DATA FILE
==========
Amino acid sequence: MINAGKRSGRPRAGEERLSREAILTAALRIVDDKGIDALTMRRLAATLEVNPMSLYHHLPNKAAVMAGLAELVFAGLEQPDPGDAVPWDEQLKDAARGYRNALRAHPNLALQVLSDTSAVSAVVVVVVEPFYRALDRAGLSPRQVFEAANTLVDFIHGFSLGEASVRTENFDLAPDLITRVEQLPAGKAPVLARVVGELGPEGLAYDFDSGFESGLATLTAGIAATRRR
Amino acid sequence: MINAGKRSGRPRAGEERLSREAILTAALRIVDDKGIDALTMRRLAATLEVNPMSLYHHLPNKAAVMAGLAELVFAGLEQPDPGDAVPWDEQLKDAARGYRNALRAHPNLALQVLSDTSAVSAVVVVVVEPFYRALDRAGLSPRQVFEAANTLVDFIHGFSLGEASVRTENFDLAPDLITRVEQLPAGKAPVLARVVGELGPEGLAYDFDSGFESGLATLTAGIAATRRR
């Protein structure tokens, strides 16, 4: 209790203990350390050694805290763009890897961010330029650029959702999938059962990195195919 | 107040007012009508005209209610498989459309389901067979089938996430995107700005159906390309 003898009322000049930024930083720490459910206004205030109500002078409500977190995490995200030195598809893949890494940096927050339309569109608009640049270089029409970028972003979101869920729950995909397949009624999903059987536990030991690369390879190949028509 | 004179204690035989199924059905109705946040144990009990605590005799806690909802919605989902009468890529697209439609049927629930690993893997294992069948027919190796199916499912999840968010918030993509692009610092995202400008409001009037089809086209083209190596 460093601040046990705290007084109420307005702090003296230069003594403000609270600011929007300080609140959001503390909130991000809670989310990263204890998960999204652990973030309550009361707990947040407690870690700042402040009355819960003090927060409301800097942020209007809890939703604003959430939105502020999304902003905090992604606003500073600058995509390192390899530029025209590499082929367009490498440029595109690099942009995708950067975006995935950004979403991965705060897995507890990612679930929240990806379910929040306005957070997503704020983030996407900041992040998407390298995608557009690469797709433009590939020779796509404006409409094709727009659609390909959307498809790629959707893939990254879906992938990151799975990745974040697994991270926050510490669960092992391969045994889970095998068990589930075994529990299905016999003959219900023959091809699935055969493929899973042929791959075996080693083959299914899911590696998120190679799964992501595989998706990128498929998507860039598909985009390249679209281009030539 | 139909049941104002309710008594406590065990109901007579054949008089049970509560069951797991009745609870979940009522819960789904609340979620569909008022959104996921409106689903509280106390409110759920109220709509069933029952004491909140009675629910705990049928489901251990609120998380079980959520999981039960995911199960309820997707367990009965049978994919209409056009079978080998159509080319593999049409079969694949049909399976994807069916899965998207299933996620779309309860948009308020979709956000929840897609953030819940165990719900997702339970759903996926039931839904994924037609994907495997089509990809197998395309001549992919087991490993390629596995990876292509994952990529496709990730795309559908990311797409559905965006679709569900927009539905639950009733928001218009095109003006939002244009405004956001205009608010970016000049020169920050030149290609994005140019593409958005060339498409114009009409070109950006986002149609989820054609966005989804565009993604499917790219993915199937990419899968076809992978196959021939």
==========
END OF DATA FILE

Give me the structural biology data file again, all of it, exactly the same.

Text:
Amino acid sequence: MINAGKRSGRPRAGEERLSREAILTAALRIVDDKGIDALTMRRLAATLEVNPMSLYHHLPNKAAVMAGLAELVFAGLEQPDPGDAVPWDEQLKDAARGYRNALRAHPNLALQVLSDTSAVSAVVVVVVEPFYRALDRAGLSPRQVFEAANTLVDFIHGFSLGEASVRTENFDLAPDLITRVEQLPAGKAPVLARVVGELGPEGLAYDFDSGFESGLATLTAGIAATRRR
Amino acid sequence: MINAGKRSGRPRAGEERLSREAILTAALRIVDDKGIDALTMRRLAATLEVNPMSLYHHLPNKAAVMAGLAELVFAGLEQPDPGDAVPWDEQLKDAARGYRNALRAHPNLALQVLSDTSAVSAVVVVVVEPFYRALDRAGLSPRQVFEAANTLVDFIHGFSLGEASVRTENFDLAPDLITRVEQLPAGKAPVLARVVGELGPEGLAYDFDSGFESGLATLTAGIAATRRR
């Protein structure tokens, strides 16, 4: 209790203990350390050694805290763009890897961010330029650029959702999938059962990195195919 | 107040007012009508005209209610498989459309389901067979089938996430995107700005159906390309 003898009322000049930024930083720490459910206004205030109500002078409500977190995490995200030195598809893949890494940096927050339309569109608009640049270089029409970028972003979101869920729950995909397949009624999903059987536990030991690369390879190949028509 | 004179204690035989199924059905109705946040144990009990605590005799806690909802919605989902009468890529697209439609049927629930690993893997294992069948027919190796199916499912999840968010918030993509692009610092995202400008409001009037089809086209083209190596 460093601040046990705290007084109420307005702090003296230069003594403000609270600011929007300080609140959001503390909130991000809670989310990263204890998960999204652990973030309550009361707990947040407690870690700042402040009355819960003090927060409301800097942020209007809890939703604003959430939105502020999304902003905090992604606003500073600058995509390192390899530029025209590499082929367009490498440029595109690099942009995708950067975006995935950004979403991965705060897995507890990612679930929240990806379910929040306005957070997503704020983030996407900041992040998407390298995608557009690469797709433009590939020779796509404006409409094709727009659609390909959307498809790629959707893939990254879906992938990151799975990745974040697994991270926050510490669960092992391969045994889970095998068990589930075994529990299905016999003959219900023959091809699935055969493929899973042929791959075996080693083959299914899911590696998120190679799964992501595989998706990128498929998507860039598909985009390249679209281009030539 | 139909049941104002309710008594406590065990109901007579054949008089049970509560069951797991009745609870979940009522819960789904609340979620569909008022959104996921409106689903509280106390409110759920109220709509069933029952004491909140009675629910705990049928489901251990609120998380079980959520999981039960995911199960309820997707367990009965049978994919209409056009079978080998159509080319593999049409079969694949049909399976994807069916899965998207299933996620779309309860948009308020979709956000929840897609953030819940165990719900997702339970759903996926039931839904994924037609994907495997089509990809197998395309001549992919087991490993390629596995990876292509994952990529496709990730795309559908990311797409559905965006679709569900927009539905639950009733928001218009095109003006939002244009405004956001205009608010970016000049020169920050030149290609994005140019593409958005060339498409114009009409070109950006986002149609989820054609966005989804565009993604499917790219993915199937990419899968076809992978196959021939």